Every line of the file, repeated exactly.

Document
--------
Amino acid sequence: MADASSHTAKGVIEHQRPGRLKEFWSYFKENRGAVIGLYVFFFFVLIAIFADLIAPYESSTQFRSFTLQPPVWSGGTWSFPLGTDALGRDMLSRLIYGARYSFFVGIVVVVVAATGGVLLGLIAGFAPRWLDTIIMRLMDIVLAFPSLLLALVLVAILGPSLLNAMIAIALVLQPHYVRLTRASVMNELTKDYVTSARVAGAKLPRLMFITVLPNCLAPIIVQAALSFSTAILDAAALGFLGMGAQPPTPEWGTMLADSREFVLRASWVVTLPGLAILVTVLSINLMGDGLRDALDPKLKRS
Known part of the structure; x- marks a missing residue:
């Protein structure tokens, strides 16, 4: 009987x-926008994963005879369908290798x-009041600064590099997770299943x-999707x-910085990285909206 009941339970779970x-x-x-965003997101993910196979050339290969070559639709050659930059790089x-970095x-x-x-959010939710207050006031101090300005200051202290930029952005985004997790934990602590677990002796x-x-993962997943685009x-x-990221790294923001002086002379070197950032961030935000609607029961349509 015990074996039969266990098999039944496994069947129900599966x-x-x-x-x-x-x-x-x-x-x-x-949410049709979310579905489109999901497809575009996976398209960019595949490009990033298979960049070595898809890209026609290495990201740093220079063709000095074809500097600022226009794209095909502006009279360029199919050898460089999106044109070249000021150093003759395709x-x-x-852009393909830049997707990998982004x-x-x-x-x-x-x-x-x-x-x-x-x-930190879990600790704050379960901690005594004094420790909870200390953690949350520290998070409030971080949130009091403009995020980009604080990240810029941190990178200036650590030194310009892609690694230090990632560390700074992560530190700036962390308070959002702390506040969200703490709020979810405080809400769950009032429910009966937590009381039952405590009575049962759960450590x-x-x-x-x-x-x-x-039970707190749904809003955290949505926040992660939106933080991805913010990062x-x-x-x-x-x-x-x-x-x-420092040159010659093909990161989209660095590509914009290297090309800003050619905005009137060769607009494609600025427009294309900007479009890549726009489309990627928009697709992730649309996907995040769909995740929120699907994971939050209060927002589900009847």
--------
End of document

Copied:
Amino acid sequence: MADASSHTAKGVIEHQRPGRLKEFWSYFKENRGAVIGLYVFFFFVLIAIFADLIAPYESSTQFRSFTLQPPVWSGGTWSFPLGTDALGRDMLSRLIYGARYSFFVGIVVVVVAATGGVLLGLIAGFAPRWLDTIIMRLMDIVLAFPSLLLALVLVAILGPSLLNAMIAIALVLQPHYVRLTRASVMNELTKDYVTSARVAGAKLPRLMFITVLPNCLAPIIVQAALSFSTAILDAAALGFLGMGAQPPTPEWGTMLADSREFVLRASWVVTLPGLAILVTVLSINLMGDGLRDALDPKLKRS
Known part of the structure; x- marks a missing residue:
């Protein structure tokens, strides 16, 4: 009987x-926008994963005879369908290798x-009041600064590099997770299943x-999707x-910085990285909206 009941339970779970x-x-x-965003997101993910196979050339290969070559639709050659930059790089x-970095x-x-x-959010939710207050006031101090300005200051202290930029952005985004997790934990602590677990002796x-x-993962997943685009x-x-990221790294923001002086002379070197950032961030935000609607029961349509 015990074996039969266990098999039944496994069947129900599966x-x-x-x-x-x-x-x-x-x-x-x-949410049709979310579905489109999901497809575009996976398209960019595949490009990033298979960049070595898809890209026609290495990201740093220079063709000095074809500097600022226009794209095909502006009279360029199919050898460089999106044109070249000021150093003759395709x-x-x-852009393909830049997707990998982004x-x-x-x-x-x-x-x-x-x-x-x-x-930190879990600790704050379960901690005594004094420790909870200390953690949350520290998070409030971080949130009091403009995020980009604080990240810029941190990178200036650590030194310009892609690694230090990632560390700074992560530190700036962390308070959002702390506040969200703490709020979810405080809400769950009032429910009966937590009381039952405590009575049962759960450590x-x-x-x-x-x-x-x-039970707190749904809003955290949505926040992660939106933080991805913010990062x-x-x-x-x-x-x-x-x-x-420092040159010659093909990161989209660095590509914009290297090309800003050619905005009137060769607009494609600025427009294309900007479009890549726009489309990627928009697709992730649309996907995040769909995740929120699907994971939050209060927002589900009847």